TUSCALOOSA, Ala. — The University of Alabama Graduate School has named 12 graduate students as new fellowship recipients in programs designed to increase and retain the number of minorities in college or university faculty positions, with a special emphasis on graduate students who plan to become faculty members at colleges and universities in Alabama.
With the 12 new fellowship recipients, UA currently has 33 graduate students on campus who are participants in the minority fellowship programs listed below; more than 100 graduate students have participated in the programs in the last 15 years.
Three UA doctoral students received Future Faculty Fellowships. Based on departmental nominations, the fellowships provide stipends and tuition scholarships for minority graduate students who plan to become college or university professors. They are:
- April Davenport of Decatur, Ga., in the doctoral program in English
- Dontaire Stallings of Atlanta in the doctoral program in chemistry
- Demondrae Thurman of Montgomery in the doctoral program in musical arts
Two UA doctoral students were awarded the Joint Faculty Development Fellowship, a program for active college teachers in historically black institutions in Alabama who do not hold a terminal degree in their field of instruction; faculty members receiving this fellowship receive support from both their home college and a stipend and scholarship from the UA Graduate School. They are:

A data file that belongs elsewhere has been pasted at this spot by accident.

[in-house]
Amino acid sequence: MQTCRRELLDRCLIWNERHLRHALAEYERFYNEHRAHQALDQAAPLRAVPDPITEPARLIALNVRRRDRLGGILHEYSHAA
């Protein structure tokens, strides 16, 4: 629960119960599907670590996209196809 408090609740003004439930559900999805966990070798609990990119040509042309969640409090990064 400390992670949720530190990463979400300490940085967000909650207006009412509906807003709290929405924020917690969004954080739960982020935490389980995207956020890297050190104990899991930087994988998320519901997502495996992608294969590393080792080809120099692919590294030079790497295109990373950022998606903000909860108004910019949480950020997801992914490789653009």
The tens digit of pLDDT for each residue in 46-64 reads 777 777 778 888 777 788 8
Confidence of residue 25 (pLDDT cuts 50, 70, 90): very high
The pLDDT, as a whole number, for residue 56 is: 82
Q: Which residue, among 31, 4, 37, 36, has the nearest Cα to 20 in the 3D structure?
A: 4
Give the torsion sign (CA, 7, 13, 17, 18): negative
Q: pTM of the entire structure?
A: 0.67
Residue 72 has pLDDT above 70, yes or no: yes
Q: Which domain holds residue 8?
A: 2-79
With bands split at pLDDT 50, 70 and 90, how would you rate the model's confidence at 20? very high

- Leola Harden-Lester of Montgomery, a faculty member at Alabama State University who is in the doctoral program in secondary education-English
- Jerolyn Faye Mosely Hughes of Normal, a faculty member at Alabama A&M University who is the doctoral program in human performance.
Seven UA doctoral students were awarded Southern Regional Education Board (SREB)-Alabama Commission on Higher Education Doctoral Fellowships that
encourage ethnic minority students to pursue doctoral degrees and become college professors. Students are supported for up to five years of doctoral study and also participate in the annual Compact for Faculty Diversity Conference. They are:
- Pablo Arriaza of Miami in the doctoral program in social work
- Gregory Austin of Tuscaloosa in the doctoral program in political science
- Shawanda R. Boykin of Catherine in the doctoral program in applied mathematics
- Rosianna Gray of Tuscaloosa in the doctoral program in molecular biology
- Dana K. Harmon of Tuscaloosa in the doctoral program in social work
- Debbie Jenkins of Detroit in the doctoral program in electrical engineering
- O’Neil Wright of Tuscaloosa in the doctoral program in molecular biology
The University of Alabama, part of The University of Alabama System, is the state’s flagship university. UA shapes a better world through its teaching, research and service. With a global reputation for excellence, UA provides an inclusive, forward-thinking environment and nearly 200 degree programs on a beautiful, student-centered campus. A leader in cutting-edge research, UA advances discovery, creative inquiry and knowledge through more than 30 research centers. As the state’s largest higher education institution, UA drives economic growth in Alabama and beyond.